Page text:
Thursday, January 31, 2013

What Do You Do In The Off-Season?

Photo-credit: Running Shots
You are 10 months out from your first major, multi-sport, long-distance triathlon - how do you prepare for it?

In the off-peak season, you build your aerobic fitness - that is, your base-fitness. Aerobic fitness is the cornerstone and foundation of your performance. According to Phil Maffetone, TRAINING = WORK + REST. You work out, with emphasis on your aerobic fitness (Zone 1 and 2, of your heart-rate). Maffetone recommends a conservative formula of 180-AGE, for your maximum aerobic heart-rate. It is, cruelly, slow at times of your aerobic fitness is weak, however you will improve steadily when you keep at it. Your reliance on sugar will drop, as your body begins to burn fat efficiently.

It may be, contrarian in thinking, to bludgeon your body with high mileage or duration over all three disciplines in triathlons. Working a 20-hour week may be counter-productive, if it promotes fatigue, depletion of energy stores, and a confusion of energy systems. There is a time and place for this volume of training, even as a time-crunched triathlete. The off-season could be spent working on building base-fitness and proper techniques,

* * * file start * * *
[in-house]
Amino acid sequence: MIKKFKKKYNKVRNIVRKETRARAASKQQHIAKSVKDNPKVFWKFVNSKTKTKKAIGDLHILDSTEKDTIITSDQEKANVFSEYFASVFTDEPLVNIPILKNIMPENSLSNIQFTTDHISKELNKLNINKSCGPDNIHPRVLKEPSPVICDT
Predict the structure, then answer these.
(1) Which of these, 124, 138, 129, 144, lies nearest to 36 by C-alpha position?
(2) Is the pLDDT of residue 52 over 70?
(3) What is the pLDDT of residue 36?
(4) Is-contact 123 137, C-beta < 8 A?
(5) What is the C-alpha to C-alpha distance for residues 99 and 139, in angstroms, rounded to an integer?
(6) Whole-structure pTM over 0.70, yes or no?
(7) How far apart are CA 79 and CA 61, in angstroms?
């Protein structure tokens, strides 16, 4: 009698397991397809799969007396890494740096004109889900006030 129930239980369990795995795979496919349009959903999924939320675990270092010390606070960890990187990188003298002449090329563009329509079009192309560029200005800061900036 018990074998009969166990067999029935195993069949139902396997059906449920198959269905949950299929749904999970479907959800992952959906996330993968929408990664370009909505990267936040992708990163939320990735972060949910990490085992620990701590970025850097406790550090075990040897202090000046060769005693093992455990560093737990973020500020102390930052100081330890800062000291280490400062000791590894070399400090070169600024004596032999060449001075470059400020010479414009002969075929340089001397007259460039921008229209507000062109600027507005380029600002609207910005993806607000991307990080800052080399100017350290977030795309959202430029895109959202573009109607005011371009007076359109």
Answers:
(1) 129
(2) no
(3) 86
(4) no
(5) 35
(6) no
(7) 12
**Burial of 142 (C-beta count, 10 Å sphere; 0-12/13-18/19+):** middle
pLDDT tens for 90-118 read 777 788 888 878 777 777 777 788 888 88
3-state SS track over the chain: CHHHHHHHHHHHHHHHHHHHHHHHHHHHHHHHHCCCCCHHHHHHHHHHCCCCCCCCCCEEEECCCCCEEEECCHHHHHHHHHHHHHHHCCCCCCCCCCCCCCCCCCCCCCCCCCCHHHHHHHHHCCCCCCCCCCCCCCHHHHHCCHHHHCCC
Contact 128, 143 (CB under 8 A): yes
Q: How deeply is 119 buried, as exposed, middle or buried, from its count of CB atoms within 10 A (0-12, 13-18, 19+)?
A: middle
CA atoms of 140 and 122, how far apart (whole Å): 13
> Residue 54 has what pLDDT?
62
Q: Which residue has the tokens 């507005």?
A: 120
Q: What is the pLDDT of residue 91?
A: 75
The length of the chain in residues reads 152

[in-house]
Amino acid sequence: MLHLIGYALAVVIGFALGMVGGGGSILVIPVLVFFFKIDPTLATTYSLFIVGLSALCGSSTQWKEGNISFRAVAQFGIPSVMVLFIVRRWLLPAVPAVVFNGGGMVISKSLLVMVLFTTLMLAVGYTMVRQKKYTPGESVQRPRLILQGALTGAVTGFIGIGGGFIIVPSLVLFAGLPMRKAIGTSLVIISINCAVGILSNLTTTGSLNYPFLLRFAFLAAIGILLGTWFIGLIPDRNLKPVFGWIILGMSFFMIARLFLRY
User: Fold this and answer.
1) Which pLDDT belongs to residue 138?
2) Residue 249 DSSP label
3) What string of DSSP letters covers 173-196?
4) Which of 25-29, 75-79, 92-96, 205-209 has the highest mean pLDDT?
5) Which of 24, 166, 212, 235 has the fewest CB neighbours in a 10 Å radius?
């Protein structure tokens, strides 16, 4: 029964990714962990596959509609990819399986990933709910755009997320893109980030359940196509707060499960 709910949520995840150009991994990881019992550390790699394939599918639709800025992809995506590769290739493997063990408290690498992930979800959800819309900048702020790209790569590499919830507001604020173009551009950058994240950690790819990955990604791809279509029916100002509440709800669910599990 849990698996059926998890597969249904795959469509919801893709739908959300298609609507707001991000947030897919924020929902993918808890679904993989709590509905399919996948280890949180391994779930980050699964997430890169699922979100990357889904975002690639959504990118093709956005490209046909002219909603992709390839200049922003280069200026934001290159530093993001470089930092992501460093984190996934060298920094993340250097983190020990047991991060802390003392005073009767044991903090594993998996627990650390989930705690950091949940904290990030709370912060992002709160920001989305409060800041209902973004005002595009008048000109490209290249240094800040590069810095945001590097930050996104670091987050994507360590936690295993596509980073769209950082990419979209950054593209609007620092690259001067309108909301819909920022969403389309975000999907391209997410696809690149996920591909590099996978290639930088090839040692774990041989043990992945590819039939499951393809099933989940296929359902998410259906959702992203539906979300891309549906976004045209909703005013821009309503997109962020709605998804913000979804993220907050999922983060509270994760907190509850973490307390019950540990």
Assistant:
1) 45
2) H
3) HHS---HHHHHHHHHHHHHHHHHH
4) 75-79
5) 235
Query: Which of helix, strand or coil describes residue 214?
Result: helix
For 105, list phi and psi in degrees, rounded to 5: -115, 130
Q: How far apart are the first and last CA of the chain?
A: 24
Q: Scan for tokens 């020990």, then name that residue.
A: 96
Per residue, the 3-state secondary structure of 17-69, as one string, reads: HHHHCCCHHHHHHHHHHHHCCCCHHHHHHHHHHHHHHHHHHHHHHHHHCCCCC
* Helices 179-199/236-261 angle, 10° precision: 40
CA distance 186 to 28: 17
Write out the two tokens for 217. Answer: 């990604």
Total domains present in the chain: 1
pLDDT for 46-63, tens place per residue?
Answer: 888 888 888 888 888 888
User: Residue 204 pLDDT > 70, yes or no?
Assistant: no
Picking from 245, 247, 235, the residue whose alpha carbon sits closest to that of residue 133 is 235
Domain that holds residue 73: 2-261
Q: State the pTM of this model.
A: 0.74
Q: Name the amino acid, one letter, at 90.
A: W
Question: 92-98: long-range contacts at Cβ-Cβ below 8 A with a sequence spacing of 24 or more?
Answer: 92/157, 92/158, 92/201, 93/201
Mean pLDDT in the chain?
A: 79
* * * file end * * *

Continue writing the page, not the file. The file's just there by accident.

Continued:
It is all about working your Kreb's Cycle, which occurs inside your mitochondria (energy factory of your cells). You can activate aerobic or the anaerobic systems. To train your body to be energy-efficient, you will need to accustom it to various activities and heart-rate zones. Your aerobic fitness supports your anaerobic (strength/power/zone 3-4) efforts. When you reduce the gap between both systems, you will have reconciled your fitness disparity.

In endurance sports, it is easier to walk a race then to run it. Train your body to run at your fast-walking heart-rate. That's the goal of training smartly.

Leadership Lessons: Train smartly. Be smart in your training. Educate yourself to apply what you have learnt.

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